The year-to-date is the third-warmest on record, with Alaska on pace for a record-warm year after eight months, according to NOAA’s monthly State of the Climate summary, available here. August was the 17-warmest on record, with record warmth in the Northeast, and below average temperatures in the Southwest.

After record rain storms in parts of the Midwest and along the Gulf Coast, August ended up as the second wettest on record.

For the summer, according to NOAA, every state across the contiguous U.S., had a statewide temperature that was above average. Twenty-nine states across the West and in the East were much warmer than average for the summer. California, Connecticut and Rhode Island each had their warmest summer on record.

Alaska observed its second warmest summer in its 92-year record at 53.6°F, 3.0°F above average. Only the summer of 2004 was warmer with a statewide temperature value of 55.9°F. Several locations across the state were record warm including Anchorage, Kenai, King Salmon and Yakutat.

The full report will be available Sept. 13 here.

 

Queen bees exposed to neonicotinoids lay fewer eggs

Systemic pesticides seen to affect hives in various ways

honeybees neonicotinoids
A wild bumblebee foraging for pollen. @bberwyn photo.

Staff Report

A new study led by a University of Nebraska-Lincoln entomologist reinforces the link between neonicotinoid pesticides and declining honeybee colonies. The researchers experimentally fed queen bees with a syrup laced with imidacloprid, finding that queens laid significantly fewer eggs than queens in unexposed colonies.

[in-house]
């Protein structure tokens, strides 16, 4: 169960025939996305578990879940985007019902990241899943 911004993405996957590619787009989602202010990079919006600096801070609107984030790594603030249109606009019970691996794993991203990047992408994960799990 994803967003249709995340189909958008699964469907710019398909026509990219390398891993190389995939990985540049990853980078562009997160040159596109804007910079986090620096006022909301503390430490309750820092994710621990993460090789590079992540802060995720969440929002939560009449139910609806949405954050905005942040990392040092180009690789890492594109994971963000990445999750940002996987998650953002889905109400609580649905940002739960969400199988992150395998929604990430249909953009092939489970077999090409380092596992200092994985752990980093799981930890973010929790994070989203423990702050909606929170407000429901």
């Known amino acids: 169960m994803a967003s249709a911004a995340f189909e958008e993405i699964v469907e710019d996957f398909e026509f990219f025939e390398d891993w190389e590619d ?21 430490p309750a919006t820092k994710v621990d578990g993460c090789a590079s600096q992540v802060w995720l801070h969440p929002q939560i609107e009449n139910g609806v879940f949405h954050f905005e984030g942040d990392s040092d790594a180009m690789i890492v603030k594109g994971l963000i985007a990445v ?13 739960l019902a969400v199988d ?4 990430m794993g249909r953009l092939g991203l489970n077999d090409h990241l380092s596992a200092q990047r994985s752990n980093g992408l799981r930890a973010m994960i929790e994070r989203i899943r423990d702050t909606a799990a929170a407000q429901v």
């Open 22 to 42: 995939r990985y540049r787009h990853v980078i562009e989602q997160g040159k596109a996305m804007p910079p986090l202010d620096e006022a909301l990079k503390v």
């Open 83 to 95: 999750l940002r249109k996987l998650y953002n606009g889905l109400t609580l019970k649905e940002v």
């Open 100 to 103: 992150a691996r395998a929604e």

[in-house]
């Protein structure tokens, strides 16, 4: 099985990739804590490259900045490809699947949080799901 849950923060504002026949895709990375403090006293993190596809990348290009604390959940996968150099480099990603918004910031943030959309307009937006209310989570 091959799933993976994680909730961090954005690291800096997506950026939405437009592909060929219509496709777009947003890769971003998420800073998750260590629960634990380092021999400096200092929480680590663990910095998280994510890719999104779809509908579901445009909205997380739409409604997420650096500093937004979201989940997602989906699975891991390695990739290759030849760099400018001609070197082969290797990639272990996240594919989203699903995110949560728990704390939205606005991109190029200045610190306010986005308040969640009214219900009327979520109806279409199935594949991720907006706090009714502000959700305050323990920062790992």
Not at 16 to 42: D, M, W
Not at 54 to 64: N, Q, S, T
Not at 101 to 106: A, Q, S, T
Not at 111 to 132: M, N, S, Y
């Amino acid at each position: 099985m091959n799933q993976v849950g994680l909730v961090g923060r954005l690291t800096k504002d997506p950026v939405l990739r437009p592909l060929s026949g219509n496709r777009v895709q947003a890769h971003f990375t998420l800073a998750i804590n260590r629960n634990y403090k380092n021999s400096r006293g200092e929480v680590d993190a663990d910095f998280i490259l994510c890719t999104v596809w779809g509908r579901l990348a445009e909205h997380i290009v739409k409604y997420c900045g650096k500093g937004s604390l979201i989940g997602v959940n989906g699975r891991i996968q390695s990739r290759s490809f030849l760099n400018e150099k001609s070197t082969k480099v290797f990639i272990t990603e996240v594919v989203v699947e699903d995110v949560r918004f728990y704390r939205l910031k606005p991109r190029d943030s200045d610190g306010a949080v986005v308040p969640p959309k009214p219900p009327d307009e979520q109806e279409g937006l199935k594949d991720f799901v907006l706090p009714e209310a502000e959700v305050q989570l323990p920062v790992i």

“The queens are of particular importance because they’re the only reproductive individual laying eggs in the colony,” said lead author Judy Wu-Smart, assistant professor of entomology. “One queen can lay up to 1,000 eggs a day. If her ability to lay eggs is reduced, that is a subtle effect that isn’t (immediately) noticeable but translates to really dramatic consequences for the colony.” Continue reading “Queen bees exposed to neonicotinoids lay fewer eggs”

Sunday set: Provence postcards

Summertime …

From the ragged and rocky shoreline of the Côte d’Azur to nearby high plateaus and pre-alpine canyons, the Provence has always been on the European travel A-list. Yes, the big resort towns are overcrowded and overpriced, but there are plenty of quiet, hidden shoreline coves where you can enjoy a swim away from the maddening beach crowds, and there’s also plenty of “backcountry” just a few miles from the main tourist strips.